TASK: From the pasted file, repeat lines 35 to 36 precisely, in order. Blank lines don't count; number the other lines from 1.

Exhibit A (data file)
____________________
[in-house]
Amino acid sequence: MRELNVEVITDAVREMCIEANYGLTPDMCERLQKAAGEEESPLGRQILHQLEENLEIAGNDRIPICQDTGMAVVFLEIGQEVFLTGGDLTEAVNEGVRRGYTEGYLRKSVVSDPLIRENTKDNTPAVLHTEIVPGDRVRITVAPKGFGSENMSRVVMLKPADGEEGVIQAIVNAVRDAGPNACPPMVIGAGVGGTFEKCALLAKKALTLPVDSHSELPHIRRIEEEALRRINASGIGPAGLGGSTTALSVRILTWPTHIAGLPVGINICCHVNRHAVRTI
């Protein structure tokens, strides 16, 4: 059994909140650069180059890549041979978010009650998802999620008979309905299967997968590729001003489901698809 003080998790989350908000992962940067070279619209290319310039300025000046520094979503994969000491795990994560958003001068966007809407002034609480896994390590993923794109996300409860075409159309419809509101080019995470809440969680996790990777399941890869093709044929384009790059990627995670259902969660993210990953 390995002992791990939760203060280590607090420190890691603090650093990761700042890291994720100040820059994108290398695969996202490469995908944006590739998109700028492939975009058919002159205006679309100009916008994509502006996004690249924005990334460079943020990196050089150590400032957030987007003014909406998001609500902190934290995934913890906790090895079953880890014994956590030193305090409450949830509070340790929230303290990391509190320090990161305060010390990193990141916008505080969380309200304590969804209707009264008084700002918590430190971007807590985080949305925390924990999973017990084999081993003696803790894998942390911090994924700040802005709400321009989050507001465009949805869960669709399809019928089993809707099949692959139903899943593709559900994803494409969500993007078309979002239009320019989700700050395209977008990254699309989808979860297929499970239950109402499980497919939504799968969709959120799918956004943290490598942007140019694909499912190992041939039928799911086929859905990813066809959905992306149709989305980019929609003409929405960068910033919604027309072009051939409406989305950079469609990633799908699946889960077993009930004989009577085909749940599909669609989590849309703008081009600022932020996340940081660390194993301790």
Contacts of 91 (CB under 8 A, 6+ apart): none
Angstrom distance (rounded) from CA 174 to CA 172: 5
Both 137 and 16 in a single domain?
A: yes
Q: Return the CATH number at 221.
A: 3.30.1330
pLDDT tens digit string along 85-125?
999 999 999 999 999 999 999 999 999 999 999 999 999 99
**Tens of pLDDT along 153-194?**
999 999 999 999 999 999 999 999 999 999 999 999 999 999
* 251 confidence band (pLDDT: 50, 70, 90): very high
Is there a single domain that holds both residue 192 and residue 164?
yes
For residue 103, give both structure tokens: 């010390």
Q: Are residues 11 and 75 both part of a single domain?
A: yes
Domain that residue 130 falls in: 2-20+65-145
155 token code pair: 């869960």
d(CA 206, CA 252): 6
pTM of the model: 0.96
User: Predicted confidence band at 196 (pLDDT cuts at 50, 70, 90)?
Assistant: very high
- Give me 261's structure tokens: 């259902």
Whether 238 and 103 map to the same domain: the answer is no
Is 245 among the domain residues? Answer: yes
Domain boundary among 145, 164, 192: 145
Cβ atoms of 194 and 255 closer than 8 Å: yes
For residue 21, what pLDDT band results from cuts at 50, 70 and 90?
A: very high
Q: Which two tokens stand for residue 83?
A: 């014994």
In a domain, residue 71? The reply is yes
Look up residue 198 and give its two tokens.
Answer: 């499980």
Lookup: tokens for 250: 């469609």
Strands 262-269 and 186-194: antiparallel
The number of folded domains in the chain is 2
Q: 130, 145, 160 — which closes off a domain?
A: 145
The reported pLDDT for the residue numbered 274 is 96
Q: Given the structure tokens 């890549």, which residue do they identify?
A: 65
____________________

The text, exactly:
In a domain, residue 71? The reply is yes
Look up residue 198 and give its two tokens.